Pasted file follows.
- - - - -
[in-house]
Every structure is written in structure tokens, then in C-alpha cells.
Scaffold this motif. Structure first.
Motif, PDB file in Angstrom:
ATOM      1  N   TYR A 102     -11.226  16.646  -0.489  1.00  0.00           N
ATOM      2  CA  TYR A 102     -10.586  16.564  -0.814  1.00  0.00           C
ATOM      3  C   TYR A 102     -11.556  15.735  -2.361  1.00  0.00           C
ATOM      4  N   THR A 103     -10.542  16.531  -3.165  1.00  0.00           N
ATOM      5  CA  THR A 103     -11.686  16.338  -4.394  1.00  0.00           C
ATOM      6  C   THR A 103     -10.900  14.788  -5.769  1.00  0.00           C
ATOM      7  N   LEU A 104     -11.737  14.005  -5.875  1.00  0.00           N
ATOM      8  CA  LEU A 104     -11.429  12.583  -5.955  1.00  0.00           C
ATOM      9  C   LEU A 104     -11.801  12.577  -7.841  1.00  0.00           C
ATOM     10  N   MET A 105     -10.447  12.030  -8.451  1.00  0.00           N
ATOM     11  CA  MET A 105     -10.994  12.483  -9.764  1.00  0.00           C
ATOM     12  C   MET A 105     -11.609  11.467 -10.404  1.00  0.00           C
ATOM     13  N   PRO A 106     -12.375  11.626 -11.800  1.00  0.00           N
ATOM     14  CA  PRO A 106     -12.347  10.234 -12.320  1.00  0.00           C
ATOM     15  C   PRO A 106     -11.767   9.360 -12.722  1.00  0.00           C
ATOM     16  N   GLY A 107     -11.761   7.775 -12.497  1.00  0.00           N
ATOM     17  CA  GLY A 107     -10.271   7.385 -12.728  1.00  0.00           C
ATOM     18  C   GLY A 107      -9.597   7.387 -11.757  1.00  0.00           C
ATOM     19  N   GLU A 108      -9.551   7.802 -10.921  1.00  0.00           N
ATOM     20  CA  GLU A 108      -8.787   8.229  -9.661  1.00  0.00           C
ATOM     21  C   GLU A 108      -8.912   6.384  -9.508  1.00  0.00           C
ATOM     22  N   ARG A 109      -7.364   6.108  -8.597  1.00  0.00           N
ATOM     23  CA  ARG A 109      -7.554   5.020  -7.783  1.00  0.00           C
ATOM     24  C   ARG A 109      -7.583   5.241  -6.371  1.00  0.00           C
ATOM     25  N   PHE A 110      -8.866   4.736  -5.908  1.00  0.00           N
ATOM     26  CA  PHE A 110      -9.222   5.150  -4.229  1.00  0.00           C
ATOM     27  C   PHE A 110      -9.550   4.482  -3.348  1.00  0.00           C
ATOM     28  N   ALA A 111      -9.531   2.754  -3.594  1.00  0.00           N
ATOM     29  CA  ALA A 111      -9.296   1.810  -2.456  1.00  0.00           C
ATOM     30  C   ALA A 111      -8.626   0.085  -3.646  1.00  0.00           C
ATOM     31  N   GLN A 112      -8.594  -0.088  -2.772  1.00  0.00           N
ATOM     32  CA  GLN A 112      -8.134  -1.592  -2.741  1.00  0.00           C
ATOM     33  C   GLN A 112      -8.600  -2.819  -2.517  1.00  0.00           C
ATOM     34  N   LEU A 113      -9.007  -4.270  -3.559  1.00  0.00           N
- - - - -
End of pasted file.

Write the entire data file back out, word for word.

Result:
[in-house]
Every structure is written in structure tokens, then in C-alpha cells.
Scaffold this motif. Structure first.
Motif, PDB file in Angstrom:
ATOM      1  N   TYR A 102     -11.226  16.646  -0.489  1.00  0.00           N
ATOM      2  CA  TYR A 102     -10.586  16.564  -0.814  1.00  0.00           C
ATOM      3  C   TYR A 102     -11.556  15.735  -2.361  1.00  0.00           C
ATOM      4  N   THR A 103     -10.542  16.531  -3.165  1.00  0.00           N
ATOM      5  CA  THR A 103     -11.686  16.338  -4.394  1.00  0.00           C
ATOM      6  C   THR A 103     -10.900  14.788  -5.769  1.00  0.00           C
ATOM      7  N   LEU A 104     -11.737  14.005  -5.875  1.00  0.00           N
ATOM      8  CA  LEU A 104     -11.429  12.583  -5.955  1.00  0.00           C
ATOM      9  C   LEU A 104     -11.801  12.577  -7.841  1.00  0.00           C
ATOM     10  N   MET A 105     -10.447  12.030  -8.451  1.00  0.00           N
ATOM     11  CA  MET A 105     -10.994  12.483  -9.764  1.00  0.00           C
ATOM     12  C   MET A 105     -11.609  11.467 -10.404  1.00  0.00           C
ATOM     13  N   PRO A 106     -12.375  11.626 -11.800  1.00  0.00           N
ATOM     14  CA  PRO A 106     -12.347  10.234 -12.320  1.00  0.00           C
ATOM     15  C   PRO A 106     -11.767   9.360 -12.722  1.00  0.00           C
ATOM     16  N   GLY A 107     -11.761   7.775 -12.497  1.00  0.00           N
ATOM     17  CA  GLY A 107     -10.271   7.385 -12.728  1.00  0.00           C
ATOM     18  C   GLY A 107      -9.597   7.387 -11.757  1.00  0.00           C
ATOM     19  N   GLU A 108      -9.551   7.802 -10.921  1.00  0.00           N
ATOM     20  CA  GLU A 108      -8.787   8.229  -9.661  1.00  0.00           C
ATOM     21  C   GLU A 108      -8.912   6.384  -9.508  1.00  0.00           C
ATOM     22  N   ARG A 109      -7.364   6.108  -8.597  1.00  0.00           N
ATOM     23  CA  ARG A 109      -7.554   5.020  -7.783  1.00  0.00           C
ATOM     24  C   ARG A 109      -7.583   5.241  -6.371  1.00  0.00           C
ATOM     25  N   PHE A 110      -8.866   4.736  -5.908  1.00  0.00           N
ATOM     26  CA  PHE A 110      -9.222   5.150  -4.229  1.00  0.00           C
ATOM     27  C   PHE A 110      -9.550   4.482  -3.348  1.00  0.00           C
ATOM     28  N   ALA A 111      -9.531   2.754  -3.594  1.00  0.00           N
ATOM     29  CA  ALA A 111      -9.296   1.810  -2.456  1.00  0.00           C
ATOM     30  C   ALA A 111      -8.626   0.085  -3.646  1.00  0.00           C
ATOM     31  N   GLN A 112      -8.594  -0.088  -2.772  1.00  0.00           N
ATOM     32  CA  GLN A 112      -8.134  -1.592  -2.741  1.00  0.00           C
ATOM     33  C   GLN A 112      -8.600  -2.819  -2.517  1.00  0.00           C
ATOM     34  N   LEU A 113      -9.007  -4.270  -3.559  1.00  0.00           N